Igor sez: “Listen to anything on Waxtrax! instead.”
The other day I sat down before my computer, excited to write about the new Gatekeeper EP, Giza, released this past December 13 on UK’s Merok Records. What happened instead was that I spent the next few days reveling in Front 242’s back catalog. How could a thing like that happen?
Well, it’s because Gatekeeper is doing a lite take of an amalgam of artists that includes Front 242, Coil, and My Life with the Thrill Kill Kult. The difference is that with those other bands you could believe the artists had sacrificed something- or just gladly irreversibly given something- for the realization of an idea. To wit, at about 07:15 in this interview on Red Bull Music Academy, one of the members of Front 242 rebukes the interviewer’s insinuation that the band was in a privileged position to be making the music they were making with the equipment they were using in the early ’80s by saying, with not a little bit of apparent irritation, “An Emulator is about the price of a car and I decided not to have a car but have a machine. There are a lot of people who have cars here and would probably be able to buy an Emulator in the same sense.”
Like other musicians in their genre at the time, the expression of their art required something from them above and beyond the time put in. This was part of the fact that they pushed their art over boundaries, making it both artificially and intrinsically anathema to the mainstream. Wearing safely established symbolism doesn’t accomplish this same goal.
In the same few minutes of the RBMA interview mentioned above, he goes on to talk about the sense of freedom and opportunity they felt at that time as they were confronted with new synthesizer technology. (This exchange is featured in the first segment of the interview highlights video embedded below)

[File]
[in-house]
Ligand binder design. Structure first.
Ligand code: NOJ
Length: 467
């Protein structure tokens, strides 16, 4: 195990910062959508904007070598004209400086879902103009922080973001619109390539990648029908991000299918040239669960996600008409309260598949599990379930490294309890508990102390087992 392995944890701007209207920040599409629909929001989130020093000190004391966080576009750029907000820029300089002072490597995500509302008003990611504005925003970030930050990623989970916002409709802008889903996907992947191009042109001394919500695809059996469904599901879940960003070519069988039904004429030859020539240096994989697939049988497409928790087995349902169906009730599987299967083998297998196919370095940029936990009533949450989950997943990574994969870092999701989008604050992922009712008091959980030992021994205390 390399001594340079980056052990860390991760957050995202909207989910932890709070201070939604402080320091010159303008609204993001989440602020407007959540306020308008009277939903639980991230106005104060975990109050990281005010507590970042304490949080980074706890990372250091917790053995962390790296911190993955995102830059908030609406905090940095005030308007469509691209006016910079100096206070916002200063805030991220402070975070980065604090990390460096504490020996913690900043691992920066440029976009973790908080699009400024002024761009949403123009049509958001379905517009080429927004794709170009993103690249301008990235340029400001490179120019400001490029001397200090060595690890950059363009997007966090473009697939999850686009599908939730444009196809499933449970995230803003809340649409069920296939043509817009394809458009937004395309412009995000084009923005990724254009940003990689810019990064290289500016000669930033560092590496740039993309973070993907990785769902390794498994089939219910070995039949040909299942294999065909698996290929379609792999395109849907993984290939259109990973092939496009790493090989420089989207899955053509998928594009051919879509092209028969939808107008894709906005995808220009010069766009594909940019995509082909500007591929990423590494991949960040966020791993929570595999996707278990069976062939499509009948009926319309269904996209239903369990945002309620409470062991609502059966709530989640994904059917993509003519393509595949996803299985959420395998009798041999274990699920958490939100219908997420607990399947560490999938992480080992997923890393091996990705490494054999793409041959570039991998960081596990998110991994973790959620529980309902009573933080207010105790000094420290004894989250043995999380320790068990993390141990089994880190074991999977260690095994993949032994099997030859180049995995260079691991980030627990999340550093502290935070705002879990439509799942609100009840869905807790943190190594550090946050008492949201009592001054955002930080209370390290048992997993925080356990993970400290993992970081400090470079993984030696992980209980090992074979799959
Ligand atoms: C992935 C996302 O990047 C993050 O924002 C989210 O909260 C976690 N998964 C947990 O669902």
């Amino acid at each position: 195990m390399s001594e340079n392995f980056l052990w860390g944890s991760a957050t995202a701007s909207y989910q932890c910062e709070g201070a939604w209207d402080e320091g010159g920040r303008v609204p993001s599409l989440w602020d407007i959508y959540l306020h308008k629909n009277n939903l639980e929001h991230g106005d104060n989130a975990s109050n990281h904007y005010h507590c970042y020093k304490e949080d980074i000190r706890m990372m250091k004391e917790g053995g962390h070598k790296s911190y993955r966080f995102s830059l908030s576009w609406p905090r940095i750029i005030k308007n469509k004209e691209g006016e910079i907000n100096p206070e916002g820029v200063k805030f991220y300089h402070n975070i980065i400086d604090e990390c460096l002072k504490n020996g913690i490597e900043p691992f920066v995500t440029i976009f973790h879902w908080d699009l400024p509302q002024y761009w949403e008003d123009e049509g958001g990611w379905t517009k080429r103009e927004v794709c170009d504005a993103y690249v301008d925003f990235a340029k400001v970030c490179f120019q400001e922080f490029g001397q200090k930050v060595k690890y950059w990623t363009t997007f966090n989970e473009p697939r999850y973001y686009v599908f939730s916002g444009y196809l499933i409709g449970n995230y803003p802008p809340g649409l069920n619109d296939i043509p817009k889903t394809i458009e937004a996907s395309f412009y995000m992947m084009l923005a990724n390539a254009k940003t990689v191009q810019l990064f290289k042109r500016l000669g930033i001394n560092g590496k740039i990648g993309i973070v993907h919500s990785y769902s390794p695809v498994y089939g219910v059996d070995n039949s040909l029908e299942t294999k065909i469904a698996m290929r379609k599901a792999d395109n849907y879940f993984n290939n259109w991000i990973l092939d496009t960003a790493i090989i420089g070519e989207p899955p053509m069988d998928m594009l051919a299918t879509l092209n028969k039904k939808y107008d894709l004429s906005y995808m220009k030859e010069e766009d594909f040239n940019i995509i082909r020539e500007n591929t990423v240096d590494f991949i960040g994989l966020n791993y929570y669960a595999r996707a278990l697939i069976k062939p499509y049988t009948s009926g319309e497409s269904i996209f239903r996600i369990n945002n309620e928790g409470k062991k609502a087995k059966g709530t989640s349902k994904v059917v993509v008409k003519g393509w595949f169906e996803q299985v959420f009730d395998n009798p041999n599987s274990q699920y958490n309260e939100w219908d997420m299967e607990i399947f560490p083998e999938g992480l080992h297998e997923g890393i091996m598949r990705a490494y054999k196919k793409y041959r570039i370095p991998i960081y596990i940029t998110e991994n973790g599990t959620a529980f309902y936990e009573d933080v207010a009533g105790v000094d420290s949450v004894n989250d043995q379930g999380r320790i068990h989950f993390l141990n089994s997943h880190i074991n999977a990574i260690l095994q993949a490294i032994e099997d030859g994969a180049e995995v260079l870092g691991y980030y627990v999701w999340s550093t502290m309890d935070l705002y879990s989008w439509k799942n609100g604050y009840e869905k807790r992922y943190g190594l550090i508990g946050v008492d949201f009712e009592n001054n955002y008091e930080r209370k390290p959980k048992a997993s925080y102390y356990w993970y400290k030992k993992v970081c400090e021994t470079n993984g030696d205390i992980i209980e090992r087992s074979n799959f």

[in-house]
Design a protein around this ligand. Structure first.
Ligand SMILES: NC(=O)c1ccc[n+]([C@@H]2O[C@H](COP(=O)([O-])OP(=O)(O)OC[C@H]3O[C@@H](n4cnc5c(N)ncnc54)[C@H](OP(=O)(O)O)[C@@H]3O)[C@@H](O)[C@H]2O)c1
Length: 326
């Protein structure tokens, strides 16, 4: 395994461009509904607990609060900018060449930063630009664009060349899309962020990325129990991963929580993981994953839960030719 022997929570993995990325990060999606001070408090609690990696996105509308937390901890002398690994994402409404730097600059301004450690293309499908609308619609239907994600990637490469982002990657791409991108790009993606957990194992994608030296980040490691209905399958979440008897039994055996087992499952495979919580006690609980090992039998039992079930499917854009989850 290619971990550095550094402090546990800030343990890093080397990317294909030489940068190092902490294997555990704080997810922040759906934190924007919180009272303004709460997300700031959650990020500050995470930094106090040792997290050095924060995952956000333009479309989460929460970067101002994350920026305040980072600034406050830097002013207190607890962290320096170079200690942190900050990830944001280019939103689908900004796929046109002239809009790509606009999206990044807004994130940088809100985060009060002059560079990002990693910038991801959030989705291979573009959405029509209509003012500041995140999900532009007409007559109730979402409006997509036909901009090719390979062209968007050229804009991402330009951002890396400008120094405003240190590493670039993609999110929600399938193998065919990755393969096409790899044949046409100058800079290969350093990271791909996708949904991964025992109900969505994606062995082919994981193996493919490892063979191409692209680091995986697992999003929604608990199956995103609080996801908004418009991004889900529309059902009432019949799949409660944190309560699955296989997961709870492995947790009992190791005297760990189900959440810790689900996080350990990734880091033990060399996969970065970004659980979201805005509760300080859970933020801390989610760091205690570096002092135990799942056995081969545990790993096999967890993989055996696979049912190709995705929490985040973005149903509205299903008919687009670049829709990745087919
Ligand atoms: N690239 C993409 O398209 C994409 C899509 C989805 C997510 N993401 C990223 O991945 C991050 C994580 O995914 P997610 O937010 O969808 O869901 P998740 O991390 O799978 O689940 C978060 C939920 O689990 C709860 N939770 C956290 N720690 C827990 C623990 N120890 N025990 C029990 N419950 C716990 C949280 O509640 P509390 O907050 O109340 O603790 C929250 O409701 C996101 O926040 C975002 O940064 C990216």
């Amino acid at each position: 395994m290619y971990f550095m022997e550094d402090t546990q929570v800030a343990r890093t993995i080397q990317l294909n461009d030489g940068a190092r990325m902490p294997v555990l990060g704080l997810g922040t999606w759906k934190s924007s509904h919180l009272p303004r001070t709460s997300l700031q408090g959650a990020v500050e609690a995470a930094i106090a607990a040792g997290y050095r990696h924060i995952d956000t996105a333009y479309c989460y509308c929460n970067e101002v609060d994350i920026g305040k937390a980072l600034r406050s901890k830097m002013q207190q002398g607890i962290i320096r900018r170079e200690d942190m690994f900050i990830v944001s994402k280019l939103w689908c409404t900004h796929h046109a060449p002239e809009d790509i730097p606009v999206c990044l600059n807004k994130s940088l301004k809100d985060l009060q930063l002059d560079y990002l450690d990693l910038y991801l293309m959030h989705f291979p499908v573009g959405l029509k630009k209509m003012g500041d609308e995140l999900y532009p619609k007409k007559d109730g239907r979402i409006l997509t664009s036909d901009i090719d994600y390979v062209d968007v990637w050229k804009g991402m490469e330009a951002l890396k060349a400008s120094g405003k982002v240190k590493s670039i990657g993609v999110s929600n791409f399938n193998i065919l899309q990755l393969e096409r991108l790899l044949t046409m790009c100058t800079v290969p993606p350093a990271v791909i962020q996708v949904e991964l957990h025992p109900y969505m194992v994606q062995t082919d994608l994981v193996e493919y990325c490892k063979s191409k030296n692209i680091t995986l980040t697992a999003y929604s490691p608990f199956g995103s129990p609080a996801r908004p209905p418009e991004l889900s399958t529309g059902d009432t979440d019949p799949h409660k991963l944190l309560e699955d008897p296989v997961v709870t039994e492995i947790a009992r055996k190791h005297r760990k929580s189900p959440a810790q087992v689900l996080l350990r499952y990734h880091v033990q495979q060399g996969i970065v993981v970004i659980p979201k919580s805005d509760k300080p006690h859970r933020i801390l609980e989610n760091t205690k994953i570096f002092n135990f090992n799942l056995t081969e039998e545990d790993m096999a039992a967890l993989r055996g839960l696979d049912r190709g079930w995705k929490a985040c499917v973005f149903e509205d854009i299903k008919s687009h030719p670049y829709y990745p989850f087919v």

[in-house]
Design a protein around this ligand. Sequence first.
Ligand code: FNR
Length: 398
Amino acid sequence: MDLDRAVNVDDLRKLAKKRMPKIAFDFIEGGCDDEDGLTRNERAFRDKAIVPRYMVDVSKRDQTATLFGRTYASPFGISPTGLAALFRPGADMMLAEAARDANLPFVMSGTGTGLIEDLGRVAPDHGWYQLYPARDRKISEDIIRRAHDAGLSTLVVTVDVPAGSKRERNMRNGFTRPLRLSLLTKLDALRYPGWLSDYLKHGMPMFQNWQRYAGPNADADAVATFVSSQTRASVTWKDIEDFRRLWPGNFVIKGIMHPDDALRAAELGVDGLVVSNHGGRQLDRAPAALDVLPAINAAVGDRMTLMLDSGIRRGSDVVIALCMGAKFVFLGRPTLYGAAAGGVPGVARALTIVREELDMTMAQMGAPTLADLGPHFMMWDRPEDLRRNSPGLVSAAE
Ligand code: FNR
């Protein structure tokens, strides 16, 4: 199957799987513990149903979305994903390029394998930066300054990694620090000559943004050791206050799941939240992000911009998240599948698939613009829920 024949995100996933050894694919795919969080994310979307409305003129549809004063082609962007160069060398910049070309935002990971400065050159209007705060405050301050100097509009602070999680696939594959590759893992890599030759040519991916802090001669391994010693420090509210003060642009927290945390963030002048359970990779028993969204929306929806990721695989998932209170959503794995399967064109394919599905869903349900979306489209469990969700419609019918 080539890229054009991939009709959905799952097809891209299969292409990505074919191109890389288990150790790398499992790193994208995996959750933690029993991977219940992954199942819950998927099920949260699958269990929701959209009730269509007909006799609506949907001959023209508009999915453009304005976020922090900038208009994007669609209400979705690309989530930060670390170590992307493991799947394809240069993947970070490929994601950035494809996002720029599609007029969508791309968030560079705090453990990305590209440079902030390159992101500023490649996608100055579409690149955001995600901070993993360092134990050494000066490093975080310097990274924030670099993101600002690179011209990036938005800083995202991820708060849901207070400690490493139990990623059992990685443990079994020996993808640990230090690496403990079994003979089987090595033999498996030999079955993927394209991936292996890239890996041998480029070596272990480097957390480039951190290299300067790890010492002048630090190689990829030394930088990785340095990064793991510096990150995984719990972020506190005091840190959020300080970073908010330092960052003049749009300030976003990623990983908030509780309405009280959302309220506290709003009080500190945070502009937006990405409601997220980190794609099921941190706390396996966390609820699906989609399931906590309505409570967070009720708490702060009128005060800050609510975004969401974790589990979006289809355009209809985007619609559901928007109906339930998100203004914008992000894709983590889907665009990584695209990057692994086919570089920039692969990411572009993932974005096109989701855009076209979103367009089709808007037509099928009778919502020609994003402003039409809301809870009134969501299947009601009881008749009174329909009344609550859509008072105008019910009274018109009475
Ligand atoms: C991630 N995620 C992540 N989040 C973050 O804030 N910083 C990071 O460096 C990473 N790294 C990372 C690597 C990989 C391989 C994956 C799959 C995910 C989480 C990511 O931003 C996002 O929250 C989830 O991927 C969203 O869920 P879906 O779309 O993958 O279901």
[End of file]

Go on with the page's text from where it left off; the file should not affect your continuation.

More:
“…You have a new machine, a new concept, you can start from scratch. This is an opportunity for us. We felt maybe here we have a machine that is going to be able to express something of our culture because this machine is as naked as our musical culture… And so you think, ‘Here I have a chance to create a new aesthetic, to create new concepts, a new vision of music’.”
So, let’s look at Giza. The opening sound on the Giza EP is a sample of a motorcycle being started. Does the image of the burly dude on a hog still hold such strange and terrible Hunter S. currency that it’s going to send kids running from the dance floor to Mom’s skirts? Actually, that’s just what I’m getting at. On Giza you have several such samples vaguely evocative of “scariness” rooted somewhere in the familiar. However, without lyrics, an idea, a reason, a drive, a shaking fist or a primal investment on the part of the artists, this isn’t “Do you Fear for Your Child,” this is Adventures in Babysitting. There is nothing here to push the music on Giza out of the realm of the fear-ish, out of the category of the sinister-y. This is all just camp once the excitement of being reminded that you really want to listen to Front 242 wears off. There’s nothing electrically boundary-transgressing enough here to give you the surprising smack of satisfaction you’re looking for when, after your sojourn into the back-catalogs of the dread of the technological police society that Industrial music was a manifestation of, you remember to revisit Gatekeeper.
I like the stuff they seem to be into, but unless they push it their music, rehashed Twitch-era Ministry orchestra hits, Art of Noise et al-type vocal samples, and Front 242 background chanting/crowd noise and all, is just more Burning Man/Vegas revue weekend vacation dance music for deluded, self-assured careerists to use drugs to without making any significant changes in their lives. At least Enigma was doing this sort of thing at the tail end of when this music was actually being made.
Motorcycles! Brrrrrmm!! Hell and stuff!
Texture, prolonged tension, vocal samples, lyrics, message, and still unlike anything I’ve heard before or since.